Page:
Details matter as markets become range-bound


By Peter De Coensel,
CIO Fixed Income at DPAM


    • Thursday’s sudden risk-off moment acted as a wake-up call for investors around the globe. It was a kind reminder that the global monetary backstop supports risk assets, but does not insulate them from corrective episodes. Jay Powell’s press conference last week had an undertone of uncertainty, which served as a cloaked warning against speculative behaviour. Looking back, front-running and/or ‘buying-the-dip’ has had a pristine track record. In this regard, we do not limit ourselves to the post-global-financial-crisis (GFC)’ 11 year old timeframe. Indeed, we can easily include the 10 years preceding the GFC. During the Alan Greenspan FED presidency, they bailed out the LTCM hedge fund’s speculative misconduct and responded to the speculative internet bubble in 2000/2001 by lowering interest rate policy to 1.00%. The main difference between the pre-and post-GFC era lies in the adoption of direct intervention through asset purchase programs by central banks as part of their standard policy mix. Next, we might see explicit yield curve control (YCC) . On March 19, the Reserve Bank of Australia (RBA) cut policy rates to a new low of 25 basis points (bp). In addition, they decided to steer and hold the benchmark three-year government bond rate around 25bp. The explicitness of their decision led to surprising results. The RBA had not conducted any asset purchase since the start of May! The 3 year Australian government bond closed the week at 24.2bp. On Friday, the Australian 2y30y rate differential at 1.48% fluctuated between 1.35% and 1.7% since the launch of YCC. Mission achieved, and that without distorting market functioning by trying to control the complete yield curve. Other central banks have been following the example of the RBA by reinforcing forward guidance, implicitly or explicitly, up to the 3 year point on their respective yield curves. The Bank of Japan’s YCC program, which targets the 10 year point, might be too complicated and do little besides exacerbating speculative behaviour. This should be avoided, as financial asset inflation has already reached high, possibly-unsustainable, levels. Either way, Powell’s comments on ‘whether using yield-curve control is still an open question’ points to a change in upcoming policy conduct.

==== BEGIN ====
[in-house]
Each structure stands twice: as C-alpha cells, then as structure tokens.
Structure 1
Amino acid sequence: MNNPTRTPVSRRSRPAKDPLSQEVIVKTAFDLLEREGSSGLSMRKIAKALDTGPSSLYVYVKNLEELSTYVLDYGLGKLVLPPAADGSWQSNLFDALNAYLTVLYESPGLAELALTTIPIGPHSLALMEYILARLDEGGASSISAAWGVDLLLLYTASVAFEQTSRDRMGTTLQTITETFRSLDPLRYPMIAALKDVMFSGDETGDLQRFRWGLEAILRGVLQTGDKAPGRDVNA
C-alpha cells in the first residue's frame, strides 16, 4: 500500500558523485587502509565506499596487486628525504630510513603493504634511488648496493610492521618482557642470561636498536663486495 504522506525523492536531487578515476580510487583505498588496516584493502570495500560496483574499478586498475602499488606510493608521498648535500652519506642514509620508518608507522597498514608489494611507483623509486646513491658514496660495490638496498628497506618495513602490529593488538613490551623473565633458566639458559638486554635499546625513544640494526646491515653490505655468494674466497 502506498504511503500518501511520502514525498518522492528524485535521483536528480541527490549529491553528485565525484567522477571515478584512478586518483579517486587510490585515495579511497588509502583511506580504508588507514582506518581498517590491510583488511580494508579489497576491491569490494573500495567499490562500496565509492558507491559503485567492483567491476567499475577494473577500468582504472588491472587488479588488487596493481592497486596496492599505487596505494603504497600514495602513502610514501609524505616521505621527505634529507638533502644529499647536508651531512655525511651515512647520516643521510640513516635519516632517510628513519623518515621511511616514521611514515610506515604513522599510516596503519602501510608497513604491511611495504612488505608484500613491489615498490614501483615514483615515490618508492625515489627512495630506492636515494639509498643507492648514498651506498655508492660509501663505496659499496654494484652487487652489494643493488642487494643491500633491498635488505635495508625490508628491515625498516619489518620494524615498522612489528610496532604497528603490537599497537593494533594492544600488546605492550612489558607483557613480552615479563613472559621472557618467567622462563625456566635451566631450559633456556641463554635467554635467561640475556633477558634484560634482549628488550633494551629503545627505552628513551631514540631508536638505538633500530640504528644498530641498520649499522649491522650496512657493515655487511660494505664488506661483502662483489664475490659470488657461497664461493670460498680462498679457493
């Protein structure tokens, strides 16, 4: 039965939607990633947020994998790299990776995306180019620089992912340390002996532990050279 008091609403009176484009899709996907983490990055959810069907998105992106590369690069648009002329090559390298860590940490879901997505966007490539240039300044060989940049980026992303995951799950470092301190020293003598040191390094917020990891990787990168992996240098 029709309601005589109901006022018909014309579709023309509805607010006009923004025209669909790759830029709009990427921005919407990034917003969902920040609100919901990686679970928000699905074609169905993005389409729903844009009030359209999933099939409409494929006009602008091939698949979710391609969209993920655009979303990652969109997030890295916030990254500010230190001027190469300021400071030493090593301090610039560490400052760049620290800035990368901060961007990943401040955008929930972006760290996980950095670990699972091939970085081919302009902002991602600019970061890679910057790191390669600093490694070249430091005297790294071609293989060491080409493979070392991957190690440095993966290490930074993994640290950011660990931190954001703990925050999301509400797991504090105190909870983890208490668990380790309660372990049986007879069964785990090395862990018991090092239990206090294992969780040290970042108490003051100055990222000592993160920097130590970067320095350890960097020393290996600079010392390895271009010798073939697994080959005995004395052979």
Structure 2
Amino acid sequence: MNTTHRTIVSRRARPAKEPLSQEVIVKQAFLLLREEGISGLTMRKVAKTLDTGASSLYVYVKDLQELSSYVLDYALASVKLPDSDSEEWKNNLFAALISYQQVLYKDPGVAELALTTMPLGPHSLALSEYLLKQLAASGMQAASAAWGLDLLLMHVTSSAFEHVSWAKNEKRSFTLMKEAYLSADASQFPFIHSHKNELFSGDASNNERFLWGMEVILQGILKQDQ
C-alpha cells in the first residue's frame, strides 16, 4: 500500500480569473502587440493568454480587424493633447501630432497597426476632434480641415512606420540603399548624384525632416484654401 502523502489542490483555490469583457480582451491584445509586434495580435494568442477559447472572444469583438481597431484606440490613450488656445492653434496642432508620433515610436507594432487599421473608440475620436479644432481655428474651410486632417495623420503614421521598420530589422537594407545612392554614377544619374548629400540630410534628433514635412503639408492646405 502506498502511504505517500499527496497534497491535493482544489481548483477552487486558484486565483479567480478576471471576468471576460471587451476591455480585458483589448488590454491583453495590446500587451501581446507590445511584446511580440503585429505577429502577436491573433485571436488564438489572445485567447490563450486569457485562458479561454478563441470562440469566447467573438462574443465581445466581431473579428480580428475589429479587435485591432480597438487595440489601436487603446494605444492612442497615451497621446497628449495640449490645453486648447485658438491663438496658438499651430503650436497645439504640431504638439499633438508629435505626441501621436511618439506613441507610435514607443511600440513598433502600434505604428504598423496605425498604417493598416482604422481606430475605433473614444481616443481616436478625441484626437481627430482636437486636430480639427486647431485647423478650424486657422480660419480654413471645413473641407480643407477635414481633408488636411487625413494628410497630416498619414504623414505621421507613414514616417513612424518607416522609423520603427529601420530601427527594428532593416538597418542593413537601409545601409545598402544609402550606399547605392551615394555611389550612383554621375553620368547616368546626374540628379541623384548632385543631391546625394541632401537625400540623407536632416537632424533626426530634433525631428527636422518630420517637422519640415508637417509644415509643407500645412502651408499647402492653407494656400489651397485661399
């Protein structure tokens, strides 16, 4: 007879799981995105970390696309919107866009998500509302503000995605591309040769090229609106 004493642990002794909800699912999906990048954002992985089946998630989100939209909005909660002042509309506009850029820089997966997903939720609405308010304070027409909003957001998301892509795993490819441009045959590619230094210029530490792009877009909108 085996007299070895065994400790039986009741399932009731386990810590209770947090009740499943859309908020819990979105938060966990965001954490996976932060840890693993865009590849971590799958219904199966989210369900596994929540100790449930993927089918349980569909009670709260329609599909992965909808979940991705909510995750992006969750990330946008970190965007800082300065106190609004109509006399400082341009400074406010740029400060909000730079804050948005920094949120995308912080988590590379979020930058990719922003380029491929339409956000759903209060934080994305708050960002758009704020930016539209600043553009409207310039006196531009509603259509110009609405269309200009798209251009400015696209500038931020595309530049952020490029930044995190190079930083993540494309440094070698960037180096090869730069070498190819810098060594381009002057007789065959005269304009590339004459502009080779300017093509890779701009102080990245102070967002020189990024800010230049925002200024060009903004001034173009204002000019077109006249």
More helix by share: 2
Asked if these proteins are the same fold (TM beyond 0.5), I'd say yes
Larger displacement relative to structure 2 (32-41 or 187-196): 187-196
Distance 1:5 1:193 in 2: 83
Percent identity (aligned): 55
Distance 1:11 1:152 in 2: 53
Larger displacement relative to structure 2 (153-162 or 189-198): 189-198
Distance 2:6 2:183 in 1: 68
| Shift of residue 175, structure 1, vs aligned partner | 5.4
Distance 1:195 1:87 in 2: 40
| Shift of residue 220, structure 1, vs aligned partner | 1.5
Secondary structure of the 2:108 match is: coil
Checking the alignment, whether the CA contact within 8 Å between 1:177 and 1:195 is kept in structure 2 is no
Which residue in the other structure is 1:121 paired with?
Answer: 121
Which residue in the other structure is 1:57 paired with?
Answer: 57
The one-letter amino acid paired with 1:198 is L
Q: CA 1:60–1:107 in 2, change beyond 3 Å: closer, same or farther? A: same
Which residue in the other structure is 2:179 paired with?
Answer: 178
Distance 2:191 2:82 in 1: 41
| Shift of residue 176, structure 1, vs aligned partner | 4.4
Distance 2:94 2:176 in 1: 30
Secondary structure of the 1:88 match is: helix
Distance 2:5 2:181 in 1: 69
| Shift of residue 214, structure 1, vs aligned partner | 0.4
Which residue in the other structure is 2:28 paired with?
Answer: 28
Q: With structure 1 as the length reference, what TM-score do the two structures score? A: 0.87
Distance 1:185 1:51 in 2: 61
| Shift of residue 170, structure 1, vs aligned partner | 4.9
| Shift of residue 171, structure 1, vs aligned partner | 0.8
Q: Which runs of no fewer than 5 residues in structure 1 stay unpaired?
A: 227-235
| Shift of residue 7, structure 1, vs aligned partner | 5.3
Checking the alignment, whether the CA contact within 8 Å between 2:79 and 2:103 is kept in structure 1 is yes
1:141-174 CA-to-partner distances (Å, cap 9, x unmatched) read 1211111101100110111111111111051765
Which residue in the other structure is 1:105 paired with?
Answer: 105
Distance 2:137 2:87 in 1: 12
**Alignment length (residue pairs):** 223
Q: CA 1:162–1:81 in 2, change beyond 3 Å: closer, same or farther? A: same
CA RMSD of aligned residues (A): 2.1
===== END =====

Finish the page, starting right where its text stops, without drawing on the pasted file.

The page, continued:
• Was the sharp correction in US equity markets due to worrying developments in COVID-19 infection rates across a number of US states? Or was it due to the FED’s message on Thursday that announced an increase in repo borrowing rates by 5bp above interest paid on excess reserves (IOER) at 10bp for overnight to one-week term repo and by 10bp above IOER for one month term repo? Both were probably self-reinforcing. Lofty valuation levels across rates, credit and equity markets, reflecting V-shaped growth recovery paths, have increased their sensitivity to small adjustments in short-term funding conditions. Any unexpected tightening can generate outsized effects across market sectors.